But what about a complete breakdown in bilateral negotiations? Here, the
negative impact on China would still be manageable. Total sales to the U.S.
account for only 3.8% of Chinese GDP. And China would swiftly move to
support economic activity with large fiscal and monetary support.
In China – whisper it – domestic policy matters more than trade wars. With
or without a trade resolution, policy is already set to drive China’s
cyclical recovery. Reflationary efforts since mid-2018 are now showing up
positively in the data. GDP expanded by 6.4% in the first quarter, and
high-frequency macro variables are improving across the board, ranging from
investment and production to retail sales and exports. And, importantly,
the profit cycle in both China and the wider emerging markets is showing
signs of acceleration. Renewed trade tensions simply sustain a heightened
sense of risk, ensuring loose policy.
Most importantly, Trump continues to take a wrecking ball to the U.S.-led
post-war world order and America’s longstanding alliances. Slapping tariffs
on their closest allies will practically chase them into China’s arms. But
there is a longer and more critical strategic reorientation at play: By
withdrawing as the world’s leading country, the U.S. effectively allows for
the emergence and even acceleration of new powers.
Meanwhile, investors will continue to panic over China, citing a history of
volatility, rising debt, and a clumsily managed economy. We get it. China
comes with risks. But leaning on historical precedents when powerful
secular changes are underway rarely serves investors well. Chronic “China
crash” false alarms have diverted attention from the ongoing positive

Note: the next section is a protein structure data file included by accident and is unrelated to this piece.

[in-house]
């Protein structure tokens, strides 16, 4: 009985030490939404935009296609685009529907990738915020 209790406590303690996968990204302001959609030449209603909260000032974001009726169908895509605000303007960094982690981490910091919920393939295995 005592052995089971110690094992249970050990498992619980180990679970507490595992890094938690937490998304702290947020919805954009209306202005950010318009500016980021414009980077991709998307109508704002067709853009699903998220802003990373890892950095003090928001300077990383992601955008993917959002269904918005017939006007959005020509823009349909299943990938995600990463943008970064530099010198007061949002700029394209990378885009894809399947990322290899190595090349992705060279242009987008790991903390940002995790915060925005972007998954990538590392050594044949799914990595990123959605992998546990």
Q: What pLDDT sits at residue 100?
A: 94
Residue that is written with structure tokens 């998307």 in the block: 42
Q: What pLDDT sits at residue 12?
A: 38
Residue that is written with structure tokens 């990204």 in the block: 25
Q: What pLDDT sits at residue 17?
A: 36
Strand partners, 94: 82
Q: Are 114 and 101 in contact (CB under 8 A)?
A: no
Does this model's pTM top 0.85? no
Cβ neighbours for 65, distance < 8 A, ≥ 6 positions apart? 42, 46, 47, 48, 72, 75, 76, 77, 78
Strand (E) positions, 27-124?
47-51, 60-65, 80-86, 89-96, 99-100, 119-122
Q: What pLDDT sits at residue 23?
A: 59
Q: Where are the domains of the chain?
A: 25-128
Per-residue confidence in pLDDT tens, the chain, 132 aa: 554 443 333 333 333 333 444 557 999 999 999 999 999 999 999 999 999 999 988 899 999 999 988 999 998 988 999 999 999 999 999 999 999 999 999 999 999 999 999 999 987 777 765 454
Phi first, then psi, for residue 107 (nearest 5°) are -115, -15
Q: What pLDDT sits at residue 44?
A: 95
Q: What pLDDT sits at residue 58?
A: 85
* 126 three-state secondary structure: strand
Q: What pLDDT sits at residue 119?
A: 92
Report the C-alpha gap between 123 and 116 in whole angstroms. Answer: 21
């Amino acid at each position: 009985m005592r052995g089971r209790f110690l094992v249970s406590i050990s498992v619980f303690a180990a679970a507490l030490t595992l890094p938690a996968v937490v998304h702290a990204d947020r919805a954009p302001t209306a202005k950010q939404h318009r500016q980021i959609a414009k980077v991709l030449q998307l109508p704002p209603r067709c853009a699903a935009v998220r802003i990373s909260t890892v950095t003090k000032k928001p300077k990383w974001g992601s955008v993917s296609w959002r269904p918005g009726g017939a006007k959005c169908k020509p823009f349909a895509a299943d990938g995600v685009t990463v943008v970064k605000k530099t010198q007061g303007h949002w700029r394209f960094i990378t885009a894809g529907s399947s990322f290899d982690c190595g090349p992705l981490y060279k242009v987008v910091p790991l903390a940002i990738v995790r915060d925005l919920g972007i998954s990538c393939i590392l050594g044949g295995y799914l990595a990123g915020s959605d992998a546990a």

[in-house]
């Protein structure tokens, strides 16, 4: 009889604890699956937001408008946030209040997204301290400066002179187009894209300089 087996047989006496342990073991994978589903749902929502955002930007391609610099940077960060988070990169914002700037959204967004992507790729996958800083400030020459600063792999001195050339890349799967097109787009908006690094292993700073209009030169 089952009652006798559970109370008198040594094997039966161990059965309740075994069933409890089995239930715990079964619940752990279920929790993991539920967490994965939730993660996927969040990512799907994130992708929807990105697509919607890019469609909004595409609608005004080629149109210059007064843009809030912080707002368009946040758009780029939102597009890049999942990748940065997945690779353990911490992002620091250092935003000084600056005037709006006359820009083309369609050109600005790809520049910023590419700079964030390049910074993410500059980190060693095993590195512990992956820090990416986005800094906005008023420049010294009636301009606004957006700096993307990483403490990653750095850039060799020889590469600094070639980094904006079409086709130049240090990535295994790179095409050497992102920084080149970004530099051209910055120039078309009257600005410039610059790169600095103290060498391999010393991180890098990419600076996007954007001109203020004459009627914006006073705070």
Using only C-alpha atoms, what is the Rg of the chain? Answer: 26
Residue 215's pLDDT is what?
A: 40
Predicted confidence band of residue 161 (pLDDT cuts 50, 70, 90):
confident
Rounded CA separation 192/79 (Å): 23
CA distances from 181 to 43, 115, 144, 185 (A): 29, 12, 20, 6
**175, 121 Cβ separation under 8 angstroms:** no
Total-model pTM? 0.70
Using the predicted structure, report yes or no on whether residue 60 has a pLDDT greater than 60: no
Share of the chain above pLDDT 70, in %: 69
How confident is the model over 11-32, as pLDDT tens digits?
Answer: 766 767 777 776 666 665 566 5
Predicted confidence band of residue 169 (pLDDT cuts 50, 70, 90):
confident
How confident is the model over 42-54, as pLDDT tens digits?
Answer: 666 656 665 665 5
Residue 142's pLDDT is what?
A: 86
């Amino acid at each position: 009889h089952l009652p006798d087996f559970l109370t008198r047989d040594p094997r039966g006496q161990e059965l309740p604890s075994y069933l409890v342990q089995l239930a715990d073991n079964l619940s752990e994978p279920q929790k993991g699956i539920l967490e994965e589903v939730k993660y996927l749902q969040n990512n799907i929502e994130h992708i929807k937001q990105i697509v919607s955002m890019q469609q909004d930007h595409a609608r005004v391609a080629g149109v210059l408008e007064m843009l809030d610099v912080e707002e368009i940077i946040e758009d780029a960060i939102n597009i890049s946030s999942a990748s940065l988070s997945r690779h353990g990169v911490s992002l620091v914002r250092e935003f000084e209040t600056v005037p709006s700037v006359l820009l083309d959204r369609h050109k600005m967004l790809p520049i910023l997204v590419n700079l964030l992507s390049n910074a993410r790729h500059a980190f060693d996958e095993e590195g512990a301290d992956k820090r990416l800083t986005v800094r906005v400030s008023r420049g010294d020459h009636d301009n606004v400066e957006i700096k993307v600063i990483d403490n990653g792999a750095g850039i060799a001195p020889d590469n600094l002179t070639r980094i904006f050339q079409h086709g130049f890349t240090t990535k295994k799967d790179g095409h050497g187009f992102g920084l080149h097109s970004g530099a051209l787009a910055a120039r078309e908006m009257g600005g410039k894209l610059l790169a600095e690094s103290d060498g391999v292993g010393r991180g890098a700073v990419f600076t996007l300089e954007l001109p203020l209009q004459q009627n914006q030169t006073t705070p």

transformation occurring in what will soon be the world’s largest economy.
The most important facts about China today are not past problems of slowing
growth, heavy-handed intervention, and rising leverage. Rather they are the
shift away from exports and capital spending to consumer-led growth,
improving margins and financial liberalization. These developments take
Looking out further, the ascent of China as an independent economic centre
of gravity is a boon for investors. With diverging economic trajectories
and monetary policies (especially from the United States, which, in the
post-war period, has functioned as the de facto leader of world
order and economic stability), macro trends in China are highly
diversifying. Chinese assets reflect this, showing low correlation to
rest-of-world stocks and bonds.
In recent years, however, there has been limited urgency to diversify
geographically, especially for those overweight U.S. assets (read: almost
everyone). But as China’s market opens and becomes more accessible – in
part facilitated by the development of China-focused ETFs – these
diversification benefits become even more important. Investors should stay
long the Chinese stock market.
We are only in the foothills of a long journey.
Tyler Mordy, CFA, is President and CIO for
Forstrong Global Asset Management Inc., engaged in top-down strategy, investment policy, and securities
selection. He specializes in global investment strategy and ETF trends.
This article first appeared in Forstrong’s
Global Thinking blog. Used with permission. You can reach Tyler by phone at Forstrong
Global, toll-free 1-888-419-6715, or by email at
email@example.com. Follow Tyler on Twitter at
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